These assumptions about agency, about the ability of an individual to successfully wrestle with the enigmatic power of offshore and win, are most obviously parodied by Headless. What the novel offers in place of this agency is an ironic dramatization of its disappearance into genre.

This disappearance is apparent from the start, as the narrative is delayed by a fifty-page introduction that describes the complexities of the art project that culminates with the novel. When we finally meet the author and protagonist, a writer of young-adult thrillers named John Barlow, he narrates in the third person. The formal sense that he is both decentered and passive is reinforced by the descriptions of his own life: He sits and watches “fat-chested seagulls arc and turn in the sky above him,” “chatting mums,” “the sugar-sweet Town Hall”—an activity for which he has “abandoned everything: career, country, ambition.” The central formal irony of the novel—the story of the failure of its writing—is immediately made clear by this conflation of authorship and narrative. Barlow is both author and protagonist, but never quite certain about his role as either.

Instead of the story of Barlow investigating who’s behind Headlessand the apparent death of the Sovereign employee Jamie Wright, the novel tells of the processes that prevent its realization. In some ways, of course, the text adheres to a familiar and longstanding metafiction tradition: the frustration involved in Laurence Sterne’s inability to narrate the birth of the eponymous Tristram Shandy in the eighteenth century, the fear of Martin Amis’s narrator in London Fields that “someone made me up, for money” in the 1980s. Barlow shares with these characters a fragmentation of self that is coded in increasingly masculine and visceral terms, marked by his alienation from his wife and family. (It starts with his inability to respond to a simple text—“Everything OK?”—and ends with the devastating message, “Ring me when all this is over, I’ve taken the boys.”) Barlow’s haplessness stands in stark contrast not only to the obviously hyperbolic sexualization of the thriller protagonist but, more mundanely, the assertion of a conventional paternal masculinity that identifies so many of the thrillers that narrate the post-2008 crash. Novels by John Lanchester, Sebastian Faulks, and Alex Preston conclude with the repentant financier accepting a previously neglected fatherhood in a bid for redemption, and attempting to rebuild a more authentic version of the masculine self.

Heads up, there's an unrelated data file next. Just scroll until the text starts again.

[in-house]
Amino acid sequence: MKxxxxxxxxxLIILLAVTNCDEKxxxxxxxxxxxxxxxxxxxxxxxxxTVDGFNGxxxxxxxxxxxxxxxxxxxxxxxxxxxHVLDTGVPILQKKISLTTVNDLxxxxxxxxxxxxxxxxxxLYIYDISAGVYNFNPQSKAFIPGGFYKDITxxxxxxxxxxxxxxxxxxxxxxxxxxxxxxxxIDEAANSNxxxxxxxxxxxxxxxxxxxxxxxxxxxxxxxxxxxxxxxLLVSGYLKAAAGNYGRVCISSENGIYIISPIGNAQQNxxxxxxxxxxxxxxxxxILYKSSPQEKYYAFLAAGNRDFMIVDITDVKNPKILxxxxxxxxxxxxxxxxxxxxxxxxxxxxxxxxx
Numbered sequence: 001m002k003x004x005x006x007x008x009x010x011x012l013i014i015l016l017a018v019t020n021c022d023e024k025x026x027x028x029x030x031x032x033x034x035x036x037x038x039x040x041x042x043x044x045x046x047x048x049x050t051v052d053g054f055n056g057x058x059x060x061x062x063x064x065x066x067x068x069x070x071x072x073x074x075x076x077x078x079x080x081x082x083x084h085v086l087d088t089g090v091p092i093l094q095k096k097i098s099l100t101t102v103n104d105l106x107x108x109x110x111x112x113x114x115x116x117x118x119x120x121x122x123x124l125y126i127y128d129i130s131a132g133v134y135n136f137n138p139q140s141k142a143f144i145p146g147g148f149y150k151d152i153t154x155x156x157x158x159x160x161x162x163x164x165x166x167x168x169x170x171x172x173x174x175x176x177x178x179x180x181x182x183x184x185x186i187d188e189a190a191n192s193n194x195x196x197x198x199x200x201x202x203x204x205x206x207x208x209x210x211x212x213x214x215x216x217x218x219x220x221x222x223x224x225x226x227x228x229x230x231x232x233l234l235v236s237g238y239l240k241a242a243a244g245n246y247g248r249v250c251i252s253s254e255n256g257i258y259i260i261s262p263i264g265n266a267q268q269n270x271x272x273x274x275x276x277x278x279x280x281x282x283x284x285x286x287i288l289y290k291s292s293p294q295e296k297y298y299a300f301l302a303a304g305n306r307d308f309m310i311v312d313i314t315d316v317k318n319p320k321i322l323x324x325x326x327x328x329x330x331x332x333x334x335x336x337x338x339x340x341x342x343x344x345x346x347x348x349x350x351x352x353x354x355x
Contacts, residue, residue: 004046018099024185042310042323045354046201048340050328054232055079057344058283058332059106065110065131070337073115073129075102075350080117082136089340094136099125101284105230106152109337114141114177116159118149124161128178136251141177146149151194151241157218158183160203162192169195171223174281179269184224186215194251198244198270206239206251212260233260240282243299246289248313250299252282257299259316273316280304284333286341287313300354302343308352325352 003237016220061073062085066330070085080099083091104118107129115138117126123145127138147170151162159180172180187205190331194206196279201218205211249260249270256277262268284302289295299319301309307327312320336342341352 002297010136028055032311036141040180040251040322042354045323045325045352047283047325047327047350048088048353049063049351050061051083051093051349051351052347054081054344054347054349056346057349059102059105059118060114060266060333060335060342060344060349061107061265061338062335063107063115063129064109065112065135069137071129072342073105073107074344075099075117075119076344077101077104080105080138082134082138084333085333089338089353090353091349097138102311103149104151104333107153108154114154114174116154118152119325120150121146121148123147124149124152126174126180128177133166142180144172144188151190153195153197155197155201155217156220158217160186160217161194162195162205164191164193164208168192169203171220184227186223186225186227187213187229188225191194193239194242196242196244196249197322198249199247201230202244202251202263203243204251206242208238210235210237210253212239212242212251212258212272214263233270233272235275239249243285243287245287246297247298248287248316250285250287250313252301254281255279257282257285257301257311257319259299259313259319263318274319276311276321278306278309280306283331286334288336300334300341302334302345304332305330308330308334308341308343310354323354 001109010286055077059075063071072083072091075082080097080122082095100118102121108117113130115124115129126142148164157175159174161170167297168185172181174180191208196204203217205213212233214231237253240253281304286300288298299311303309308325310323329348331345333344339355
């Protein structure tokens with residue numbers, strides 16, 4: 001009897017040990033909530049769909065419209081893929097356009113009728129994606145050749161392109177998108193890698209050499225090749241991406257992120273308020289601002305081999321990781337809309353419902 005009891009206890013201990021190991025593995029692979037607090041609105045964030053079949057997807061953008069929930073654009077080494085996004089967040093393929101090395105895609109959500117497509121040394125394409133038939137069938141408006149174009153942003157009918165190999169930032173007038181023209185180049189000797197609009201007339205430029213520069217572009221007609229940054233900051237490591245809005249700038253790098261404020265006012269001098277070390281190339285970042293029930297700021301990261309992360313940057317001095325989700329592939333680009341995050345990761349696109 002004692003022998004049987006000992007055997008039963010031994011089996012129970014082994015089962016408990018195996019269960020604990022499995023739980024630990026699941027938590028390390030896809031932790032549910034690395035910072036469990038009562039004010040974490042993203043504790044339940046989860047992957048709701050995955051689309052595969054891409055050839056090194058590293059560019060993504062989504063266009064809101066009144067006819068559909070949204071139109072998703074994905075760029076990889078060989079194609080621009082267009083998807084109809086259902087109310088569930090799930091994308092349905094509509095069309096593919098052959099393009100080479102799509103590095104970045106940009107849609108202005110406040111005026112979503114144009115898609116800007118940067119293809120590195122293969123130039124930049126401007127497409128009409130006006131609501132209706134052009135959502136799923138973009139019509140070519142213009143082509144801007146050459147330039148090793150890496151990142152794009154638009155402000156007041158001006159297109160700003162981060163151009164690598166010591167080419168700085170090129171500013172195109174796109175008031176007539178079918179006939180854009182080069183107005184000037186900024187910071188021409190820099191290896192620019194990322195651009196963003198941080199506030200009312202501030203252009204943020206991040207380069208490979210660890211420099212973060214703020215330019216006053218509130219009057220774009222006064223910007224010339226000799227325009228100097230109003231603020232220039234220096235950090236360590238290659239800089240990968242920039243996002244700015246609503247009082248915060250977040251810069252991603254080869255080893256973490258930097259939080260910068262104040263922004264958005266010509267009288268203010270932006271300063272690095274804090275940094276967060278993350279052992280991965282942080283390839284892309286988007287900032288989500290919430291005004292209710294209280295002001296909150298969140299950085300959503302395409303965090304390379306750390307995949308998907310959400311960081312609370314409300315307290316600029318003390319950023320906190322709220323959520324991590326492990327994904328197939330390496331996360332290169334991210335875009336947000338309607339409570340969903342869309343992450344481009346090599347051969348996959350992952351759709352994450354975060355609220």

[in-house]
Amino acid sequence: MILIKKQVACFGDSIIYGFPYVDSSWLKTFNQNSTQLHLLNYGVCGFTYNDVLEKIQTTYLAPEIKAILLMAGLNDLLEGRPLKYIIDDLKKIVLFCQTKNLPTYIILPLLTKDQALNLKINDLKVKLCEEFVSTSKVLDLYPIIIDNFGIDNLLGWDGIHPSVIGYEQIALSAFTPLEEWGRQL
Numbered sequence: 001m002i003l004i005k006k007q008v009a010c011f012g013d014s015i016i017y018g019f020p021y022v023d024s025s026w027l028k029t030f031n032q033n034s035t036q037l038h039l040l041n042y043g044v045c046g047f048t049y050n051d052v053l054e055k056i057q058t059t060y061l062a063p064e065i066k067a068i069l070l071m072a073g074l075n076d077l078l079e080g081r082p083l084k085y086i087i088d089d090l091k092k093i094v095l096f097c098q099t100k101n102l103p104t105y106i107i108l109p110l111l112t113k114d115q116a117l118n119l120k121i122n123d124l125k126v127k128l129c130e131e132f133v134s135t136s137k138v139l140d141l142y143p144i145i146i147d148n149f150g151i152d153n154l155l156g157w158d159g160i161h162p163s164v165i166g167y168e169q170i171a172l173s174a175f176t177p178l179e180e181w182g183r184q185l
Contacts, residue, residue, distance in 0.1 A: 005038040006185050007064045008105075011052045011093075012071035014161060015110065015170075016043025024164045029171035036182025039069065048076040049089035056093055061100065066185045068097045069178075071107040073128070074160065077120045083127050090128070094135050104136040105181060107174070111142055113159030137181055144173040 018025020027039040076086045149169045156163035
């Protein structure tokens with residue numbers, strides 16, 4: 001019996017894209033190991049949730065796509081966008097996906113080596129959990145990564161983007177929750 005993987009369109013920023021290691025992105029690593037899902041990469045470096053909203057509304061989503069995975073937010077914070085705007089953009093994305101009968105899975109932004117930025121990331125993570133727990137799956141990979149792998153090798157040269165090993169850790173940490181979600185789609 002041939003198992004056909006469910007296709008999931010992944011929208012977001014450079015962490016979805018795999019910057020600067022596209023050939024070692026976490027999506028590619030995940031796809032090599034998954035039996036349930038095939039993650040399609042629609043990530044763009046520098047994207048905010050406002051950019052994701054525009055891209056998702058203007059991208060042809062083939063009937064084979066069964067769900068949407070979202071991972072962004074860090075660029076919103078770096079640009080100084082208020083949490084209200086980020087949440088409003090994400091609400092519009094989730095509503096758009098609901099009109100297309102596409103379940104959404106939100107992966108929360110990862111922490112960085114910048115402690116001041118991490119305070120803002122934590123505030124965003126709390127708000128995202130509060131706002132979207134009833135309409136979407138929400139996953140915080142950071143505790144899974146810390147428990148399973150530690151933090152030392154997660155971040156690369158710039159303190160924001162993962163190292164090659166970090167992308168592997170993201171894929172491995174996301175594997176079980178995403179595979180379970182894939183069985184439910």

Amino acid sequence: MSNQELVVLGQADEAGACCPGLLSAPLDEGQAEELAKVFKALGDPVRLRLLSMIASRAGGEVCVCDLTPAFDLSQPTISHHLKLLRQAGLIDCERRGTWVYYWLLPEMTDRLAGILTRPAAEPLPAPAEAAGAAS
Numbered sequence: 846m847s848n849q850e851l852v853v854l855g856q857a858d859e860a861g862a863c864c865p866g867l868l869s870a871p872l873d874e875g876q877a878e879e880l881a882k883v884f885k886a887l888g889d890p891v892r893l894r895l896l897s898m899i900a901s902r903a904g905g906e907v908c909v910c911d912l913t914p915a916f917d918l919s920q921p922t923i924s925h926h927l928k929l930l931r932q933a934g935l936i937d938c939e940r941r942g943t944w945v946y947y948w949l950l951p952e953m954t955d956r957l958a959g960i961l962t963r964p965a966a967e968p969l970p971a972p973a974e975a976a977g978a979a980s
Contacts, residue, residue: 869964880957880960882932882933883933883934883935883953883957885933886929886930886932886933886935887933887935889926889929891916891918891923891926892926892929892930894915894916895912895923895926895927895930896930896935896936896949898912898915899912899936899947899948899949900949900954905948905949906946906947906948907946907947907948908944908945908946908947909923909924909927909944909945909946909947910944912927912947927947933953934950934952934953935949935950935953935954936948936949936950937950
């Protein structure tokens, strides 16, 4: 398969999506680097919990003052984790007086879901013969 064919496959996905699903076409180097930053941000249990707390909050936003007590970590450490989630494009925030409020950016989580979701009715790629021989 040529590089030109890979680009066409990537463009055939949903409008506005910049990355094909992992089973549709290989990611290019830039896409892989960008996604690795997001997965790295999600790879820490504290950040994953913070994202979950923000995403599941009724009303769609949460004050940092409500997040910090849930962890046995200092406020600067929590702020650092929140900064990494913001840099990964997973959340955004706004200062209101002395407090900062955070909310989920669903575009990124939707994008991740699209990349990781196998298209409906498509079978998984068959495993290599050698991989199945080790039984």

As Provan writes, the failures of Barlow as “an investigator and an instigator, a character and an author,” and the subsequent diminishment of his masculinity, are made structurally apparent through his female counterparts writing him out of the novel: The story finally belongs to the women. The investigator/instigator dyad is, of course, assumed by C. B. (Catherine Banks/Carla Bustamante), a somewhat typical femme fatale who appears to possess the powers of the thriller hero: She is “staggeringly beautiful,” extraordinarily intelligent, and superhumanly capable, requiring no sleep. As Carla, she is the rogue agent who we eventually learn is financed by her father’s shadowy offshore money, and who blew up a Bahamian prison cell to save her illegitimate brother, from whom she is almost entirely estranged. As Catherine, she is the accomplished Interpol detective who breaks Barlow’s opening reverie and appears to trace the mystery at the center of the Headless plot. The sophistication and the futility of the attempt, and the two roles she embodies, find a generic corollary in her desire to write a thriller “of fiendish complexity but extreme elegance” in a “Cervantes-Joyce-Conan-Doyle-Barthes-Pynchon-Keenan style.”

This list points to the tradition of the literary quest that is rarely fulfilled, from Cervantes’ quixotic tilting at windmills to Joyce’s Dublin-bound Odyssey to Pynchon’s postmodern and circular paranoia. This is a neat history of experimentation that is clearly about the journey rather than the arrival. Yet C. B.’s own homage to this tradition, The Headless Void, does not even get as far as the beginning of the quest. As the title suggests, the novel is characterized by emptiness and stasis: Banks looks at the “shining expanse” of the empty sea, she tries to fill the empty page, she deletes what she has written; she later recalls her “magnum opus” as safely out of sight and unpublishable, “hidden on a memory stick somewhere nice and quiet.”